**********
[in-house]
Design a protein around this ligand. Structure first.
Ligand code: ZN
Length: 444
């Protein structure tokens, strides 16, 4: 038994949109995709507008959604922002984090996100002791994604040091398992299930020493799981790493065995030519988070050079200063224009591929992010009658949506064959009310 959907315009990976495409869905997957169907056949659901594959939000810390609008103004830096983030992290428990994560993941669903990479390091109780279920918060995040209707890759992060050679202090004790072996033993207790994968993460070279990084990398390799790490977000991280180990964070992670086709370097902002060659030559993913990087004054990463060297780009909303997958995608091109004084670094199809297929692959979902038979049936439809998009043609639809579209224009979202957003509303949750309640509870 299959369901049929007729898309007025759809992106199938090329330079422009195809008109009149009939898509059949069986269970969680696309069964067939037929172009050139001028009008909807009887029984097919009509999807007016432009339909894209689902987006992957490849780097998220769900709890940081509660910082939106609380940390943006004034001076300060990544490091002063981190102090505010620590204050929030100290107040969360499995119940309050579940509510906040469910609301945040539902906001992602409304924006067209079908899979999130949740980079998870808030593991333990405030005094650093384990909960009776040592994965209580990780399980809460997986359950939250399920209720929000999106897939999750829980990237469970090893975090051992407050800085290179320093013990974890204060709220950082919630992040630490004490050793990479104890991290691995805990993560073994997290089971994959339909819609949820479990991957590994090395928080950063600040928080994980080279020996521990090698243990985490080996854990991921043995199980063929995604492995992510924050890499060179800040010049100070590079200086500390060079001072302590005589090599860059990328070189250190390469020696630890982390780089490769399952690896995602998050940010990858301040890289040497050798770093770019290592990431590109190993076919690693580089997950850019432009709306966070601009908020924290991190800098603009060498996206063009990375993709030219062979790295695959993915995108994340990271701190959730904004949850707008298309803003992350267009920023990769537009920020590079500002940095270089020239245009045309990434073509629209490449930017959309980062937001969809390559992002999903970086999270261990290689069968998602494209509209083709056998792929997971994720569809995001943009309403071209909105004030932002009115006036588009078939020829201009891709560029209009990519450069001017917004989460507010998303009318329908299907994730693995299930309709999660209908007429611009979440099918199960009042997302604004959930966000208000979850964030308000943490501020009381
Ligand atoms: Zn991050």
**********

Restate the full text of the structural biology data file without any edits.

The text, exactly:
[in-house]
Design a protein around this ligand. Structure first.
Ligand code: ZN
Length: 444
């Protein structure tokens, strides 16, 4: 038994949109995709507008959604922002984090996100002791994604040091398992299930020493799981790493065995030519988070050079200063224009591929992010009658949506064959009310 959907315009990976495409869905997957169907056949659901594959939000810390609008103004830096983030992290428990994560993941669903990479390091109780279920918060995040209707890759992060050679202090004790072996033993207790994968993460070279990084990398390799790490977000991280180990964070992670086709370097902002060659030559993913990087004054990463060297780009909303997958995608091109004084670094199809297929692959979902038979049936439809998009043609639809579209224009979202957003509303949750309640509870 299959369901049929007729898309007025759809992106199938090329330079422009195809008109009149009939898509059949069986269970969680696309069964067939037929172009050139001028009008909807009887029984097919009509999807007016432009339909894209689902987006992957490849780097998220769900709890940081509660910082939106609380940390943006004034001076300060990544490091002063981190102090505010620590204050929030100290107040969360499995119940309050579940509510906040469910609301945040539902906001992602409304924006067209079908899979999130949740980079998870808030593991333990405030005094650093384990909960009776040592994965209580990780399980809460997986359950939250399920209720929000999106897939999750829980990237469970090893975090051992407050800085290179320093013990974890204060709220950082919630992040630490004490050793990479104890991290691995805990993560073994997290089971994959339909819609949820479990991957590994090395928080950063600040928080994980080279020996521990090698243990985490080996854990991921043995199980063929995604492995992510924050890499060179800040010049100070590079200086500390060079001072302590005589090599860059990328070189250190390469020696630890982390780089490769399952690896995602998050940010990858301040890289040497050798770093770019290592990431590109190993076919690693580089997950850019432009709306966070601009908020924290991190800098603009060498996206063009990375993709030219062979790295695959993915995108994340990271701190959730904004949850707008298309803003992350267009920023990769537009920020590079500002940095270089020239245009045309990434073509629209490449930017959309980062937001969809390559992002999903970086999270261990290689069968998602494209509209083709056998792929997971994720569809995001943009309403071209909105004030932002009115006036588009078939020829201009891709560029209009990519450069001017917004989460507010998303009318329908299907994730693995299930309709999660209908007429611009979440099918199960009042997302604004959930966000208000979850964030308000943490501020009381
Ligand atoms: Zn991050």